Darrell Etherington in TechCrunch: “Waze’s big exit to Google proved one thing: if companies can harness the power of the crowd to deliver real-time, granular data, big tech corporations will be watching them closely as potential acquisition targets. There’s another category ripe for the picking, even if the problem being solved isn’t as apparent or immediately useful as traffic and navigation data: weather. A few apps are trying to harness the crowd to provide accurate, ground-level forecasts and conditions, and they’re catching on with consumers, too.
Montreal-based startup SkyMotion is one such firm, and it recently launched its 4.0 update, which not only harnesses crowdsourced weather reports, but also allows other businesses to plug into that data using a public API, to integrate real-time reporting data from SkyMotion’s users into their own products. That provides an up-to-the-minute forecast, one that probably won’t show you weather conditions completely dissimilar from the ones you’re actually feeling outside at any given moment, as can still be the case with apps that pull weather data only from specific weather monitoring stations….
SkyMotion isn’t alone in crowdsourcing weather data. There’s also Weddar, the “people-powered” weather service and mobile app that encourages location-based reporting with a very human element, since it asks people how conditions generally feel on the ground, instead of seeking out specifics…”
Barking Up The Wrong Tree: “Warren Bennis and Patricia Biederman studied a number of breakthrough great groups to see what made them so successful. They compiled the results into their book, Organizing Genius.
They looked at the Disney’s Animation division, the Manhattan Project (developed the nuclear bomb), Xerox PARC (designed the modern computer interface), the 1992 Clinton campaign (pulled off an enormous victory), Lockheed’s Skunk Works (created the U2 spy plane and the Stealth Bomber), and others.
Highlights from Organizing Genius summarized by Erik Barker can be found here.”
Emma Hutchings at PSFK: “The Smart Citizen Kit is a crowdsourced environmental monitoring platform. By scattering devices around the world, the creators hope to build a global network of sensors that report local environmental conditions like CO and NO2 levels, light, noise, temperature and humidity.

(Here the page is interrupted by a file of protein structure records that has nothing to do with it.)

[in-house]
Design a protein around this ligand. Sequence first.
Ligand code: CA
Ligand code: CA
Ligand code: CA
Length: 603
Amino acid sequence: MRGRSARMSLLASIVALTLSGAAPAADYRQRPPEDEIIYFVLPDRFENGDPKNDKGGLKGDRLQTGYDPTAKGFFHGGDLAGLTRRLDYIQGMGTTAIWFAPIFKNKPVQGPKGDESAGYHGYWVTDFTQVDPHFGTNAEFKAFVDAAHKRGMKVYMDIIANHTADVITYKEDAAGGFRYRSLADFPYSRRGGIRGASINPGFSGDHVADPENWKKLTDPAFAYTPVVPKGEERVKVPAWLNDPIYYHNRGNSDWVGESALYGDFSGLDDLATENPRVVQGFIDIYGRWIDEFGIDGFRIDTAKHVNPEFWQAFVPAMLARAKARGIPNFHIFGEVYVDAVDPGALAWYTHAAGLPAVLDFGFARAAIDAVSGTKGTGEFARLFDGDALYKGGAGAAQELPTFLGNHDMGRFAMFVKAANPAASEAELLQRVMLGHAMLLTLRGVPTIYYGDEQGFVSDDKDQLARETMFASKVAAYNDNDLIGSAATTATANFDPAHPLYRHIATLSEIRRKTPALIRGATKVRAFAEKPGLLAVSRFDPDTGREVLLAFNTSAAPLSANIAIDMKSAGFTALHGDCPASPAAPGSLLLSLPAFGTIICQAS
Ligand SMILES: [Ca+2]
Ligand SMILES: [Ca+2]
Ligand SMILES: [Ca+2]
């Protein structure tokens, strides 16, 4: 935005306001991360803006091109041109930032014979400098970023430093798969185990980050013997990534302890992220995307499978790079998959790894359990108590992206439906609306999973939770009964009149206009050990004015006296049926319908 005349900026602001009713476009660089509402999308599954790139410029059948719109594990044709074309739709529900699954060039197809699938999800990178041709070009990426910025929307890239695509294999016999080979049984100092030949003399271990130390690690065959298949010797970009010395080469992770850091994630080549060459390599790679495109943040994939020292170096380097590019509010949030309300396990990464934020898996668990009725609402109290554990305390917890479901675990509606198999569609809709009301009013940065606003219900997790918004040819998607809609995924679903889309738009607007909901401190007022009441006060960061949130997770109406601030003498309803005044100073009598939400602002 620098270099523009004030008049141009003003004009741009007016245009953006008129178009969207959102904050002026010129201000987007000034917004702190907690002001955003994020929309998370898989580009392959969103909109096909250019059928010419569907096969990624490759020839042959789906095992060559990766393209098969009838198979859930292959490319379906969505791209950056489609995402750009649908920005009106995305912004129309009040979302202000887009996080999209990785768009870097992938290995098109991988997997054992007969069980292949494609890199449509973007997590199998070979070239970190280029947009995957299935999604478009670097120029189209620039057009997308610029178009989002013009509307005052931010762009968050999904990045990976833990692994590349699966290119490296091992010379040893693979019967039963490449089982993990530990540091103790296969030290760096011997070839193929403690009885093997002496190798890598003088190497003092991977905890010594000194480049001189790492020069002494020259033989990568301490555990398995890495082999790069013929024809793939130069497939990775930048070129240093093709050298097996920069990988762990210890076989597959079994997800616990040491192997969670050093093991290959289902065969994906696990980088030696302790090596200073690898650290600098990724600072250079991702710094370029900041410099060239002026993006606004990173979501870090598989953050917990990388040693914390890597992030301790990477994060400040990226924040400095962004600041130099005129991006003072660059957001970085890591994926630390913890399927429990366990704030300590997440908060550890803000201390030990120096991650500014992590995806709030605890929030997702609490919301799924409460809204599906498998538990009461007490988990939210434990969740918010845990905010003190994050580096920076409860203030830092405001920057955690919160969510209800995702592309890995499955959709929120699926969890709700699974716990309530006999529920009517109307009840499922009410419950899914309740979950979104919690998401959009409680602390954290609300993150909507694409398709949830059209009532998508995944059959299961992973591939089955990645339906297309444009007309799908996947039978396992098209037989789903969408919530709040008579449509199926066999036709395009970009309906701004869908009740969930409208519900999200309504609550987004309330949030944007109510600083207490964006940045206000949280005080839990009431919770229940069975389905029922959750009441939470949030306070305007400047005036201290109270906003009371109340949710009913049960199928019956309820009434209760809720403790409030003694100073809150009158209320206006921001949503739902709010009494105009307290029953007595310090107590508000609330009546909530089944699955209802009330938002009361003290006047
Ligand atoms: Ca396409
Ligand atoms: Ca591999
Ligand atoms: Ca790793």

Organized by the Fab Lab at the Institute for Advanced Architecture of Catalonia, a team of scientists, architects, and engineers are paving the way to humanize environmental monitoring. The open-source platform consists of arduino-compatible hardware, data visualization web API and a mobile app. Users are invited to take part in the interactive global environmental database, visualizing their data and comparing it with others around the world.”
Peter Ryder and Shaun Abrahamson in Innovation Excellence: “When we open up the innovation process to talent outside our organization we are trying to channel the abilities of a lot of people we don’t know, in the hope that a few of them have ideas we need. Crowdsourcing is the term most closely associated with the process. But over the last decade, many organizations have been not only sourcing ideas from crowds but also getting feedback on ideas….
We call the intersection of lower transaction costs and brainstorming at scale enabled by online connections crowdstorming. Getting ideas, getting feedback, identifying talent to work with, filtering ideas, earning media, enabling stakeholders to select ideas to change the organization/stakeholder relationship — the crowd’s role and the crowdstorming process has become more complex as it has expanded to involve external talent in new ways. …
Seventy-five years ago, the British economist, Ronald Coase, suggested that high transaction costs – the overhead to find, recruit, negotiate and contract with talent—required organizations to bring the best talent in house. While Coase’s equation still holds true, the Internet has allowed organizations to revisit under what conditions they want and need full time employees. When we have the ability to efficiently tap resources anywhere, anytime at low cost, new opportunities emerge.”
Joe Harris in IFSEC Global: “Following April’s Boston Marathon bombings, many people around the world wanted to help in any way they could. Previously, there would have been little but financial assistance that they could have offered.
However, with the advent of high-quality cameras on smartphone devices, and services such as YouTube and Flickr, it was not long before the well-known online collectives such as Reddit and 4chan mobilized members of the public to ask them to review hundreds of thousands of photos and videos taken on the day to try and identify potential suspects….Here in the UK, we recently had the successful launch of Facewatch, and we have seen other regional attempts — such as Greater Manchester Police’s services and appeals app — to use the goodwill of members of the public to help trace, identify, or report suspected criminals and the crimes that they commit.